Monday, January 01, 2018

Some stunning new scientific discoveries in 2017

What better way to start off the new year than to look back at some of the scientific discoveries of last year.
Well, actually Science Alert has already done it for me with its "20+ Science Facts We Didn't Know At The Start of 2017", some of which I was aware of, but many of which I had no idea about:
  • Gravitation waves, measured in a collision between two neutron stars 130 million light years away, have been shown to travel at the same speed as light waves.
  • A new human internal organ, the mesentery, long thought to be a fragmented collection of separate structures in our gut, has been identified and classified.
  • A time machine has been shown to be mathematically possibly, but development is held back by a lack of suitable materials.
  • A new type of diabetes, type 3c, has been classified, after decades of mis-classifying it as type 2.
  • A mysterious blob of hot rock has been identified building up under the state of Vermont and neighbouring parts of New England.
  • Lungs also produce millions of platelets (tiny blood cells) in addition to their main function in respiration.
  • Time crystals, once considered "impossible objects", have now been recognized as a new state of matter, and can be man-made at will.
  • When we are sleep deprived, our brains have been shown to "clear out" little-used neurons and synaptic connections at a much higher rate than during the usual sleep process.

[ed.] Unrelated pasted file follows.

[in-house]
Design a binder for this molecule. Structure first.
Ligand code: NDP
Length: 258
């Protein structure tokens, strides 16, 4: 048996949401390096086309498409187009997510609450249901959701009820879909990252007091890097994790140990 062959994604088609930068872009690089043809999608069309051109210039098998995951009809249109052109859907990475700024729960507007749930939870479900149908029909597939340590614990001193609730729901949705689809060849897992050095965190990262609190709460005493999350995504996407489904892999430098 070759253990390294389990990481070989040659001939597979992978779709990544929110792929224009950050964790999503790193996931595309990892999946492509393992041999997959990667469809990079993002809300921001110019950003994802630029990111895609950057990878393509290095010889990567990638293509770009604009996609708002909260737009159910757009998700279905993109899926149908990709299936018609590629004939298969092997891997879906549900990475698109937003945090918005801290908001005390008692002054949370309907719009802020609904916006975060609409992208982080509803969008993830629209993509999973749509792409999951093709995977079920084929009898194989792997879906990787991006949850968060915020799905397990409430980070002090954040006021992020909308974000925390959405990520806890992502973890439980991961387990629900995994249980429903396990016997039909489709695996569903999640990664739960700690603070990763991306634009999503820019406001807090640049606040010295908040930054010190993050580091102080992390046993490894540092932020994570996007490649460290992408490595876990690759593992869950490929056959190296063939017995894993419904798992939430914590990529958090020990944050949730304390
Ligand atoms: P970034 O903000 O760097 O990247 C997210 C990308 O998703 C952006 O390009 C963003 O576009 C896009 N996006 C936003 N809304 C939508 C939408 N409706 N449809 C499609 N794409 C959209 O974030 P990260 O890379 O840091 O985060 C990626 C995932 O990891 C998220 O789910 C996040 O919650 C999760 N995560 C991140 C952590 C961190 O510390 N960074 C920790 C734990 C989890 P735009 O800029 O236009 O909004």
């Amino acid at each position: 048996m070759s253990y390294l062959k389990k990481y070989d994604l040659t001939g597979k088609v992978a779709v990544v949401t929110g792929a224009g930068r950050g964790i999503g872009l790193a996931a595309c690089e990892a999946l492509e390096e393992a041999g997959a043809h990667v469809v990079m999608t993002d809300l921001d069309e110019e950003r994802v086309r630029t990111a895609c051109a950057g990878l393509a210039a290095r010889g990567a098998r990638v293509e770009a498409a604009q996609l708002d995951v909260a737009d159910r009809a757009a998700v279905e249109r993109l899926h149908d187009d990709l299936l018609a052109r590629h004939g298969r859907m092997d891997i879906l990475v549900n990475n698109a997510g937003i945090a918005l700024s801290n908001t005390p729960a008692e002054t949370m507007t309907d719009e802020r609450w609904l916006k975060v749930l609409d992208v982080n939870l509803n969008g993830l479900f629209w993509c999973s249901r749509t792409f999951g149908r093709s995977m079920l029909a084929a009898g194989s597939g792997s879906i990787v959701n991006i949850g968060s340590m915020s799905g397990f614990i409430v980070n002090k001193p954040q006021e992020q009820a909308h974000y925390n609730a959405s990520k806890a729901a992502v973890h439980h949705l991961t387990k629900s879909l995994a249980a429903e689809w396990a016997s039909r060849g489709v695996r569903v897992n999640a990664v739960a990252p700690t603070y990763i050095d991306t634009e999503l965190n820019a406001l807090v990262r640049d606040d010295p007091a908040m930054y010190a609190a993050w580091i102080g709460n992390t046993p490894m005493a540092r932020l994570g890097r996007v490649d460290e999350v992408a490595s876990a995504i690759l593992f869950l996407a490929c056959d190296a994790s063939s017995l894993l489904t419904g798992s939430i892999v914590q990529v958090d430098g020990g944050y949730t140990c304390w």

• The blackest material known to science, vantablack, is now available in a "spray-on" form.
  • Quantum comnunication without particle transmission, technically known as direct counterfactual quantum communication, was achieved experimentally for the first time.
  • "Semi-synthetic" organisms have been created using a new expanded six-letter genetic code.
  • The permafrost in a massive crater in Siberia is melting so fast that 200,000 year old forests are being exposed.
  • Carl Sagan's prescient 1995 vision of a society where pseudoscience and scientific illiteracy rule has come disturbingly close to reality in Donald Trump's America.
  • A single giant neuron, that wraps itself around the entire brain of mice, has been discovered.
  • The New Guinea Highland Wild Dog, once thought to be completely extinct, has actually been found to be thriving in its remote habitat.
  • The appendix, which has disappeared and then re-emerged multiple times in several mammal lineages over the millennia, may not be just a useless vestigial organ but serve as a kind of haven for good gut bacteria.
  • A cat-sized fossil found in Scotland 130 years ago has been reclasssified, and may completely redraw the dinosaur family tree.
  • Polycystic ovary syndrome may actually start in the brain, and not in the ovaries as previously thought.
  • New Zealand and New Caledonia may not be merely remote island chains but a whole separate continent, geologically distinct from Australia.
  • Scientists are calling for a new geological epoch, the Anthropocene, to be recognized, on the grounds that humans have had more of an impact on the earth than the Great Oxidation Event of 2.3 billion years ago.
  • New drone footage shows that narwhals do use their horns for hunting, but by hitting and stunning its prey, and not by skewering them as had been generally assumed.
  • Decades of Very Low Frequency (VLF) radio communications have created a kind of human-made protective "bubble" around the earth.
  • Some American farmers have been routinely feeding discarded red Skittles to their cattle, as a cheaper alternative to corn.
  • A 2-year old girl, who drowned in a swimming pool accident but was then resuscitated, has had her severe brain damage reversed to some extent by a series of oxygen treatments.
It's certainly a wonderful, if sometimes bizarre, world of science out there.

No comments: